[Reviewed and update December 2018]
Towers of poinsettias and trees festooned with lights make Lamberton Conservatory glow against the cold nights of early winter in Rochester, N.Y.’s Highland Park.
The conservatory’s Holiday Show is a popular tradition and setting for holiday photos. It’s one of the many benefits this conservatory, first built in 1911, provides its surrounding community.
A community asset
Lamberton Conservatory is part of Rochester’s Highland Park. This 150-acre park was designed by Frederick Law Olmstead. Part of it has been designated a National Historic Landmark.
The conservatory had fallen into disrepair until 2007. That year, the Monroe County Parks Department spent $1 million to tear it down and perform a historically appropriate reconstruction, maintaining every possible detail of the original design.
“When you walk in, you get a feeling of being transported,” said Beverly Brown, an associate professor of biology at Rochester’s Nazareth College. “On long gray winter days, I just feel like I can uncurl, and it’s nice and green and humid. It’s the best antidepressant.”
Plants boost well-being
Among Brown’s research interests is horticultural therapy, so she knows that there are physiological reasons why walking into a building filled with plants in the dead of winter would lift a person’s spirits.
“I’m very aware of the kinds of impacts just being in greenery can have, including a reduction in stress and an improved sense of well-being,” she said. “That’s another reason that I would like to see more people come to the conservatory. An annual membership for one person is $10. That’s way better than taking anti-depressants all year.”
Brown has spent her fall semester on sabbatical, working on a project to document every plant species at the conservatory on the Plants Map Lamberton Conservatory profile page she established. She is also working to order and install at least 100 Plants Map interactive plant tags within the facility.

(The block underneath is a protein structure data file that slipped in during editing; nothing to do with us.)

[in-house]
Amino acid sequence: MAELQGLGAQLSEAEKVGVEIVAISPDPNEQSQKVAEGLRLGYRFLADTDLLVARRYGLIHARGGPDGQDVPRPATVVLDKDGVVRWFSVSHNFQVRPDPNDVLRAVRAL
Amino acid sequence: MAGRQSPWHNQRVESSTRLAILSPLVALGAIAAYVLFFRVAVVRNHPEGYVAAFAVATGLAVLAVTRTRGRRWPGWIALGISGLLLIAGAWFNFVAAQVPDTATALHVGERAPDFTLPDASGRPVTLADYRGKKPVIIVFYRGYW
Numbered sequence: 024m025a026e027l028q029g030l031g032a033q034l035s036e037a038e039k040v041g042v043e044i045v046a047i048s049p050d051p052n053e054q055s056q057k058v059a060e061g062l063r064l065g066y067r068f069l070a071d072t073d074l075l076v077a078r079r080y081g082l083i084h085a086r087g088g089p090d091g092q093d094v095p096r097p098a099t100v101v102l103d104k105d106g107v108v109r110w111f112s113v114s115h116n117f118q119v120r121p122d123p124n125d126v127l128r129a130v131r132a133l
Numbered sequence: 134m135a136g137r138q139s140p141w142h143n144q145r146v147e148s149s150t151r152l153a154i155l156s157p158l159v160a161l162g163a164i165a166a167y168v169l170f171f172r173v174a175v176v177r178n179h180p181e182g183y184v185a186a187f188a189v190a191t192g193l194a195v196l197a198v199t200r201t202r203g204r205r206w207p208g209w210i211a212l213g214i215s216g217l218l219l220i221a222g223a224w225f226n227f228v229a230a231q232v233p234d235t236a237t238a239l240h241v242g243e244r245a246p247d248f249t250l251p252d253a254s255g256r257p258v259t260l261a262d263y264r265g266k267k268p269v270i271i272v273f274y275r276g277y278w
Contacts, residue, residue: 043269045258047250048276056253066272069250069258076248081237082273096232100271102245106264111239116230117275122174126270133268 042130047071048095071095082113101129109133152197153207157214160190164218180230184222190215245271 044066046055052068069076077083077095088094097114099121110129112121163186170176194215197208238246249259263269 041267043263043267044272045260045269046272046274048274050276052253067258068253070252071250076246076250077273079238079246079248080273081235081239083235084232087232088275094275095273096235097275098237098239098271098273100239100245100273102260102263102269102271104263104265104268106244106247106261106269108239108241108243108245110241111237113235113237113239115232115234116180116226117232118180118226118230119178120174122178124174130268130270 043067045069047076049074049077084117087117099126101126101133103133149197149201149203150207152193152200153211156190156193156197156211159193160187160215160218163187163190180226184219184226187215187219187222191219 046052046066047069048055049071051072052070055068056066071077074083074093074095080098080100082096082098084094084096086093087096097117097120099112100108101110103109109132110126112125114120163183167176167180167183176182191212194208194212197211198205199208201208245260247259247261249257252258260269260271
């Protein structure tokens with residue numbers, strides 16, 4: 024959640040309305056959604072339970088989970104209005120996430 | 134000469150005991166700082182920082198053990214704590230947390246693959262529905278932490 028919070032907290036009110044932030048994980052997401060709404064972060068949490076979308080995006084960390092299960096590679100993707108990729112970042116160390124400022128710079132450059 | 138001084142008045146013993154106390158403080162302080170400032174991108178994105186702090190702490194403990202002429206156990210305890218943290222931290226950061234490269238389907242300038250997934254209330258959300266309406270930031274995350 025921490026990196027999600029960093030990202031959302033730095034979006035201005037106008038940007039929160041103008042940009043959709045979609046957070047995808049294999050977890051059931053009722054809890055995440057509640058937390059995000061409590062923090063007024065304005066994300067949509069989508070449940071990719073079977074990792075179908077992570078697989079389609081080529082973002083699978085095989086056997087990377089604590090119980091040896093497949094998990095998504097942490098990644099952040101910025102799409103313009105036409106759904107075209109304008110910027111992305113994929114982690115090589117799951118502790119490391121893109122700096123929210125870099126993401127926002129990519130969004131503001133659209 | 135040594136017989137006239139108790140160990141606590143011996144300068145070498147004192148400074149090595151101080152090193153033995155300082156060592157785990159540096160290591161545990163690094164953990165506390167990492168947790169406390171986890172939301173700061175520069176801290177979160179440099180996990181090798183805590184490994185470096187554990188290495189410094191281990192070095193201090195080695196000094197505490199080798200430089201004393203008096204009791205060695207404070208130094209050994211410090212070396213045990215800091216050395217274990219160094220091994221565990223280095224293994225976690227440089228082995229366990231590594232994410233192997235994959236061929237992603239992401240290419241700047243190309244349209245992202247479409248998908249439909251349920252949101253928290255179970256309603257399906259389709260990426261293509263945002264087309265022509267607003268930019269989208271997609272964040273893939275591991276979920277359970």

“I’m hoping that it will slow people down when they come to the conservatory and get them to spend more time there,” Brown said. “I’m also hoping it can work the other way around, where people discover the conservatory online.”
Combatting plant blindness
Brown tries to help her students overcome “plant blindness,” a concept that describes the all-too-common occurrence of people not noticing the plants that form the backdrop of the places they visit every day.
“I will say to students in a class, ‘How many plant species do you think you passed on your way here?’” she said. “A lot of students will say, ‘I don’t think I passed any.’”
Brown then helps them realize that they likely passed tens or hundreds of species.
“The more we can get people to look more closely at plants, and to understand the essential, vital role they play in our everyday lives, the better off we’re all going to be in the future,” Brown said.
She’s even made some discoveries of her own in the course of cataloging the species in the conservatory on Plants Map.
“I find new plant species all the time,” she said. “And it’s funny, because I’ve walked through and spent hours there, and I thought I’d been very thorough. I have a much greater appreciation now for the diversity of plants that are there and what it takes to keep them up.”
Reaching new plant-lovers
Brown has spent time sitting at the front desk at the conservatory. Seeing the people who come in, and hearing the questions they ask, gets her excited about helping more people discover a love of plants.
“Something that really makes me happy is that there are so many families that come with little kids,” she said.
Lamberton Conservatory does not have a budget for guided tours, and Brown likes that the Plants Map tags will enable visitors to tour at their own pace, using their smartphones to scan the tags’ QR codes to access photos and information online.
She has made sure to take photos of all parts of the plant, so that visitors can get a close-up look of even those plants that are hard to access.
I’m hoping that everyone will look and say, ‘I never noticed that before,’ and start looking for new discoveries themselves,” she said.
To learn more, follow the Lamberton Conservatory on Plants Map.